An older African American cemetery on the north side of Commerce Street (formerly Cemetery Street) from the Houston site was in use about the time of the Civil War, if not earlier. In the 1877 Atlases and Other Early Maps of the Eastern Shore of Maryland, it was identified simply as “Salisbury Cemetery” with the eastern section segregated as the  “Colored Cemetery.” Though technically part of the cemetery, it was unquestionably a segregated section, allowing only Black burials.

This site, with a number of tombstones, is just behind the Arby’s restaurant along Route 50 East. It is part of Potter’s Field, also known as the Salisbury City Cemetery.

Confusion over sites

These separate cemeteries, divided by Commerce Street, leads to perpetual confusion. 

According to Linda Duyer, Assistant Director of the Julia A. Purnell Museum in Snow Hill, is a noted researcher on black history who has done extensive research into the histories of Potter’s Field and the Houston Cemetery, Houston is “the misunderstood cemetery.”

That, she wrote in her online publication, “The Delmarva Chronicle,” is because folks have assumed the two sites, Houston Cemetery and the Salisbury Cemetery (or Potter’s Field)  are one and the same. Even the late historian and attorney, John Jacob, who produced a book on noting names and dates on thousands of tombstones in Wicomico County, mistakenly lumped them together as “The Houston Cemetery.” 

Left to right, Lavaughn Price, American Legion Post 145 Commander Elwood Wyatt, Emory Morris and Leo Cherry Sr. all worked with others for decades to maintain Houston Cemetery.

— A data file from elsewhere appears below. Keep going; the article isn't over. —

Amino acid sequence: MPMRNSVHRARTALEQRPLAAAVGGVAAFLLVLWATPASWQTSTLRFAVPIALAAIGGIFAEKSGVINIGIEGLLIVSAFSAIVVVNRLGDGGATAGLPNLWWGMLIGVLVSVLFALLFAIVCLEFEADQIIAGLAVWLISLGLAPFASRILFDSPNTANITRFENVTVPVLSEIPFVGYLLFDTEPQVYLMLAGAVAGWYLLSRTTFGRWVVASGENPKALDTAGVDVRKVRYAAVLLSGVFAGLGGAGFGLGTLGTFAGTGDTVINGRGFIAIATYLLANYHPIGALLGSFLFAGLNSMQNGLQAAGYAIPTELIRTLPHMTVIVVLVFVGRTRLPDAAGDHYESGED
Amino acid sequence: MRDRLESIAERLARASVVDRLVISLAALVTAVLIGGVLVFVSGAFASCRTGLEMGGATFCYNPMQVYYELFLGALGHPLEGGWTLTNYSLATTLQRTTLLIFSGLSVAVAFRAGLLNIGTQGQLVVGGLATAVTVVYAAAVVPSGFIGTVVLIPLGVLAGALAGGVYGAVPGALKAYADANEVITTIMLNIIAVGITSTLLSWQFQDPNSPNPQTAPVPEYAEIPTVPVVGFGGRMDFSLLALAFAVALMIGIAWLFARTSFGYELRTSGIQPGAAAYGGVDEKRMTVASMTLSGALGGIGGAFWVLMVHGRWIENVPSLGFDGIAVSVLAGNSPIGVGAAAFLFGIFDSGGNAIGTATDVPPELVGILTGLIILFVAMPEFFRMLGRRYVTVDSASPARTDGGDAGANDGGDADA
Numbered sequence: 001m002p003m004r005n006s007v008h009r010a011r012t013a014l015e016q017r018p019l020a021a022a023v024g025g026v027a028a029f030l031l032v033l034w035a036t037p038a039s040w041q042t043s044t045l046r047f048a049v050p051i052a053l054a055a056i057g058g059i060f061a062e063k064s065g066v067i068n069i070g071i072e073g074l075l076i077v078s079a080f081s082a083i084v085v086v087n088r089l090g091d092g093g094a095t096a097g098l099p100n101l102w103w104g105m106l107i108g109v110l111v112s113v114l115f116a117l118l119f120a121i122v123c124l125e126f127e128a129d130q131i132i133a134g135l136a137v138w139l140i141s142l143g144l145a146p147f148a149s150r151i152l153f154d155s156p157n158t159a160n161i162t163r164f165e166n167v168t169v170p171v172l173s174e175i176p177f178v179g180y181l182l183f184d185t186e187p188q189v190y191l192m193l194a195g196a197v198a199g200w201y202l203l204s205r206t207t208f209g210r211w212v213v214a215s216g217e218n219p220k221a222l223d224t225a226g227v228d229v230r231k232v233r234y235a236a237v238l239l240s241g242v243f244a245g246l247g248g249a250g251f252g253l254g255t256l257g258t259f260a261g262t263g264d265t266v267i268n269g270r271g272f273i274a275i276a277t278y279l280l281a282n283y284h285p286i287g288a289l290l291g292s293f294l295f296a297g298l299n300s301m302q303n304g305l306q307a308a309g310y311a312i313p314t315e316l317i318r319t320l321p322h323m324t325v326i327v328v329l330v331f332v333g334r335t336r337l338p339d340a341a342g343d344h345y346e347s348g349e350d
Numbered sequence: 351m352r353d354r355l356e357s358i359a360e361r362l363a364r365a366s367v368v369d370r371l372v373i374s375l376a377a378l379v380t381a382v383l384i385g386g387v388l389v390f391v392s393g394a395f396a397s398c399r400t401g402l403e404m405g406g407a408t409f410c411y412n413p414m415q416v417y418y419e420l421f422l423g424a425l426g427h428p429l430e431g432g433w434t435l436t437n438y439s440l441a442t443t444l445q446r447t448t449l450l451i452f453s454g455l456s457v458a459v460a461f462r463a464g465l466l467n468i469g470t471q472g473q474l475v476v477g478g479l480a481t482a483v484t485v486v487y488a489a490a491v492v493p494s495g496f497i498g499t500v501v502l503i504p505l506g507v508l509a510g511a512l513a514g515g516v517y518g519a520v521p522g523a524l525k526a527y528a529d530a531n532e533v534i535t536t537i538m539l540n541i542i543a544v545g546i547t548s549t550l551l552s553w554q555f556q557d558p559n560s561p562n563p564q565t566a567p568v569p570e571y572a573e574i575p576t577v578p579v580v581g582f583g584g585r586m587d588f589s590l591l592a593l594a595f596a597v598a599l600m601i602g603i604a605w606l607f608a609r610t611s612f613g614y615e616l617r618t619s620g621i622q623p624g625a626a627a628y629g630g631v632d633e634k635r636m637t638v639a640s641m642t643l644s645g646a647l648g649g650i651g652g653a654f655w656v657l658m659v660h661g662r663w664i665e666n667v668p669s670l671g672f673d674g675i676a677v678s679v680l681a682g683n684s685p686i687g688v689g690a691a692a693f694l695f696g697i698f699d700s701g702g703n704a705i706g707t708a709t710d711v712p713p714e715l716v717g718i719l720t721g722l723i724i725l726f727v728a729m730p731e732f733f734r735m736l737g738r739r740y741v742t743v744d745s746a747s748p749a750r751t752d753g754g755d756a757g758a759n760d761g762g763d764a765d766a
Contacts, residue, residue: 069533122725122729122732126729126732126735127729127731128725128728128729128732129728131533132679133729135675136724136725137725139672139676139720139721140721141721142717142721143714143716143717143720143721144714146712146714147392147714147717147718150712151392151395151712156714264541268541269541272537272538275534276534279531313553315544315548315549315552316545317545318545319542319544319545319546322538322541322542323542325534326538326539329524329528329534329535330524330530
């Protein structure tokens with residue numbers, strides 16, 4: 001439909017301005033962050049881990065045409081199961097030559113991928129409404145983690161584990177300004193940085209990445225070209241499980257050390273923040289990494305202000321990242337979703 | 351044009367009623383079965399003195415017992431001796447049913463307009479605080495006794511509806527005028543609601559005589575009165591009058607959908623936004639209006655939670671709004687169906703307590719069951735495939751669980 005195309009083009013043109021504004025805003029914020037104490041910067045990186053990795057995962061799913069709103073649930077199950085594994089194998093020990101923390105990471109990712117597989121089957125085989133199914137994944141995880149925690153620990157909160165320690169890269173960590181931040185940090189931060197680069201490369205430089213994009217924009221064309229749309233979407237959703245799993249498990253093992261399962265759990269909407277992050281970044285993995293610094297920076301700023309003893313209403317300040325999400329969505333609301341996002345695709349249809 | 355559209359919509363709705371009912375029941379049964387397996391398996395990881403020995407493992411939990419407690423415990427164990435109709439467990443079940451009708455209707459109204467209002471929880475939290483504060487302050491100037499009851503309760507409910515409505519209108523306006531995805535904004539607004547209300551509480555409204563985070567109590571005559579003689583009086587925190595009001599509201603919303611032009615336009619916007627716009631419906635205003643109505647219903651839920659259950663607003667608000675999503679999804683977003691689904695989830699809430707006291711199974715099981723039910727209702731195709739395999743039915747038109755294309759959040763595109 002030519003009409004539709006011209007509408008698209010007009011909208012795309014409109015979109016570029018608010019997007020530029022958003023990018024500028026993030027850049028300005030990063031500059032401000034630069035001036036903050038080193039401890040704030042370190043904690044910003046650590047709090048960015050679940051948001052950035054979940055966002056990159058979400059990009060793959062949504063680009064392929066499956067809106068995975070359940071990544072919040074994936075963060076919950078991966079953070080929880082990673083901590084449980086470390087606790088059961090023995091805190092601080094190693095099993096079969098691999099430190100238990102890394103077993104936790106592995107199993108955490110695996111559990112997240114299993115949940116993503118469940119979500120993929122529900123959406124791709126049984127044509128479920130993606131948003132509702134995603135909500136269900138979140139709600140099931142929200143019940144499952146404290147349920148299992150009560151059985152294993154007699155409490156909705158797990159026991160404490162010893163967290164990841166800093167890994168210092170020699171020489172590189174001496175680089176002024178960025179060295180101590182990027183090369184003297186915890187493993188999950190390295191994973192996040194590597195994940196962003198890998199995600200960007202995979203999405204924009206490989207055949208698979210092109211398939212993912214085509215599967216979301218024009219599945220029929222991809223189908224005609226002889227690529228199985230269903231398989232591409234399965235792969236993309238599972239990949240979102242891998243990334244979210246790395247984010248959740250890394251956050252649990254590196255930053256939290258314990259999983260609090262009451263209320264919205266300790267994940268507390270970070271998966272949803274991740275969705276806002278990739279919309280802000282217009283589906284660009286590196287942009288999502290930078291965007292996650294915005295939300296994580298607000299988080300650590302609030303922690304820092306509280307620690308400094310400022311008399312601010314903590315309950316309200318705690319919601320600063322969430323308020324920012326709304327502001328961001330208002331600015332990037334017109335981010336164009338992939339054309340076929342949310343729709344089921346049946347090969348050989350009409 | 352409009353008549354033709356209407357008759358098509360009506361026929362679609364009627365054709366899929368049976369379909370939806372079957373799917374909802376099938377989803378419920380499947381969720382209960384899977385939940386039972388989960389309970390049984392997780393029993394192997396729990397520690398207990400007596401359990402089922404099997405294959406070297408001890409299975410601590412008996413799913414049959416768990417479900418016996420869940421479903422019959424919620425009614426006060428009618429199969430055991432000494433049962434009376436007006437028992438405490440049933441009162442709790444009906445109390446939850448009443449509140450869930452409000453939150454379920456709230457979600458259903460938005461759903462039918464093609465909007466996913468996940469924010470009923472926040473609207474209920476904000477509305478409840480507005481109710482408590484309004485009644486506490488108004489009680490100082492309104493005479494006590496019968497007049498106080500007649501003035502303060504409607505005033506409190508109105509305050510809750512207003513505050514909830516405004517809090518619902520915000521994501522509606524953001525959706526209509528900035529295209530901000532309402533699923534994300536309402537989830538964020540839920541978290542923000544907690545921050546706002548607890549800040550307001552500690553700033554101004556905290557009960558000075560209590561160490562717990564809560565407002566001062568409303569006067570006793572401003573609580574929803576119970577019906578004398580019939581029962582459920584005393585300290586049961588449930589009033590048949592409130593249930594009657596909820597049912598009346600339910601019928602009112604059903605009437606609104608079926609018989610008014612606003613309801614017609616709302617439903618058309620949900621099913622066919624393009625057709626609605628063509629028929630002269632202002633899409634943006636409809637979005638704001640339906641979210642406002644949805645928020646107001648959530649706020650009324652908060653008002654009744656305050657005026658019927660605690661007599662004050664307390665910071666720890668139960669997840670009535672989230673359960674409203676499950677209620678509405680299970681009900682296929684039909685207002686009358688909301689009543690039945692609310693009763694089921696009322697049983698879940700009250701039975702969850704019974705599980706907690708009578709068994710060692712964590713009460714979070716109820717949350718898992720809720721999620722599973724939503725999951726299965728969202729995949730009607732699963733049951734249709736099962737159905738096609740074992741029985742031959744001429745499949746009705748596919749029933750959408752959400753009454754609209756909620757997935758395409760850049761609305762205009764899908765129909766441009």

More confusing is the location of what may be an even older, larger graveyard from the early 1800s that may have  begun as a family cemetery, and became the Salisbury City Cemetery.

Duyer’s extensive research also revealed that Potter’s Field was officially renamed Salisbury Cemetery in December 1947. 

A contest was held to elicit new names, and the winner was Mrs. Irma B. Tighman, who got the idea from a 1841 deed conveying title of the property.

Duyer has traced the detailed histories of the two cemeteries in her book, “‘Round the Pond, Georgetown of Salisbury, Maryland.” 

While the Potter’s Field cemetery (also called Salisbury Cemetery) across Commerce Street from the Houston site isn’t in need of extensive maintenance work, Dean has been busy at the site, trying to understand just where the graves are now of the 700-plus remains that were moved to make way for Route 50 when construction began in the late 1950s.

“A company from South Carolina was hired to remove the graves,” Dean said. “And the estimate was 150 remains would be found. It turned out to be 700-plus.”

The final count was 767 unknown graves.

Each set of remains, Duyer discovered in a July 1959 Salisbury Times story, were placed in “specially made wooden boxes 18-by-36 inches, painted gray, and marked with a metal plate.”

Civil War troops

Traffic hums by the cemetery that borders the highway. Except for a cluster of tombstones (now on the eastern section of the lot designated as the “Colored Cemetery” in the 1877 Atlas) there are few above ground markers for remains, reinterred or otherwise.

With persistence, Dean discovered metal markers below the grass and under a few inches of soil.

One reads, “Unidentified Old Salisbury Cemetery grave # 191, reinterred July 1959.”

Dean has now found 60 markers.

Working on a hunch, Dean was able to find the precise location of the graves, all neatly in a row at an accurately measured distance one from another.

One of 60 markers found just below the grass in Potters Field or Salisbury Cemetery reads: “Unidentified (remains) Old Salisbury Cemetery, Grave # 191, Reinterred July 1959.” More than 700 unidentified remains were removed from a section of the Salisbury Cemetery to make way for construction of Route 50 in 1959.

As for the tombstones on the east end of the lot (which includes the stone of Levin Huston, one of the John Wesley Church founders), Dean believes they are the tombstones that were removed from the path of construction and reset.

A small, designated family plot might have originally been there, but the others, he suspects, were probably moved.

“The tombstones just look too straight and I think they were all reset at the same time, except for a few in a ‘fenced in’ family plot.”